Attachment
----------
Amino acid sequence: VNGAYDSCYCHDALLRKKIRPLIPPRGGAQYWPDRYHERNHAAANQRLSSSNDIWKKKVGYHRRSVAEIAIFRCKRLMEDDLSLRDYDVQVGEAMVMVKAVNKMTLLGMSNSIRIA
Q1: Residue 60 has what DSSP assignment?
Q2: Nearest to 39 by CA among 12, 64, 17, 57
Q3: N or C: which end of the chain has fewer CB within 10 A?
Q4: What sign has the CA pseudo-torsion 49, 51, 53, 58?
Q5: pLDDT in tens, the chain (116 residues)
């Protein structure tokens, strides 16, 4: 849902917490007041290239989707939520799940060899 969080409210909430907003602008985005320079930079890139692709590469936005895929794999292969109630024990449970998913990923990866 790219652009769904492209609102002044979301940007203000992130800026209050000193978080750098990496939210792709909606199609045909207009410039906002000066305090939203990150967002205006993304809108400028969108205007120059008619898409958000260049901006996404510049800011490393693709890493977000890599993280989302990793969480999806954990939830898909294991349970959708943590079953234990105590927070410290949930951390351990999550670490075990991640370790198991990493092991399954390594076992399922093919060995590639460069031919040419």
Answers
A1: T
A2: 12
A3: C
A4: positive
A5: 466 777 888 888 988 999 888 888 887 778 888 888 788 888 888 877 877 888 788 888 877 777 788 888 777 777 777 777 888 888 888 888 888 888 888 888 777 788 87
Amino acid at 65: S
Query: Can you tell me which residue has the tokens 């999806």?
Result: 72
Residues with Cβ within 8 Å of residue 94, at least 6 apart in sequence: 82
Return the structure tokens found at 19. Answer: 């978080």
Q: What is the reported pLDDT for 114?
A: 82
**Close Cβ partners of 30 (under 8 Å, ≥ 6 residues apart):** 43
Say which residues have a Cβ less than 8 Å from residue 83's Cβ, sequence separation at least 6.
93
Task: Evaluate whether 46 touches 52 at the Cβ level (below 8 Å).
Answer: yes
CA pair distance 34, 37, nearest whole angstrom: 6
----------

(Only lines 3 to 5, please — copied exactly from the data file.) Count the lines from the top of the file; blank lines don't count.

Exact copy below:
Q2: Nearest to 39 by CA among 12, 64, 17, 57
Q3: N or C: which end of the chain has fewer CB within 10 A?
Q4: What sign has the CA pseudo-torsion 49, 51, 53, 58?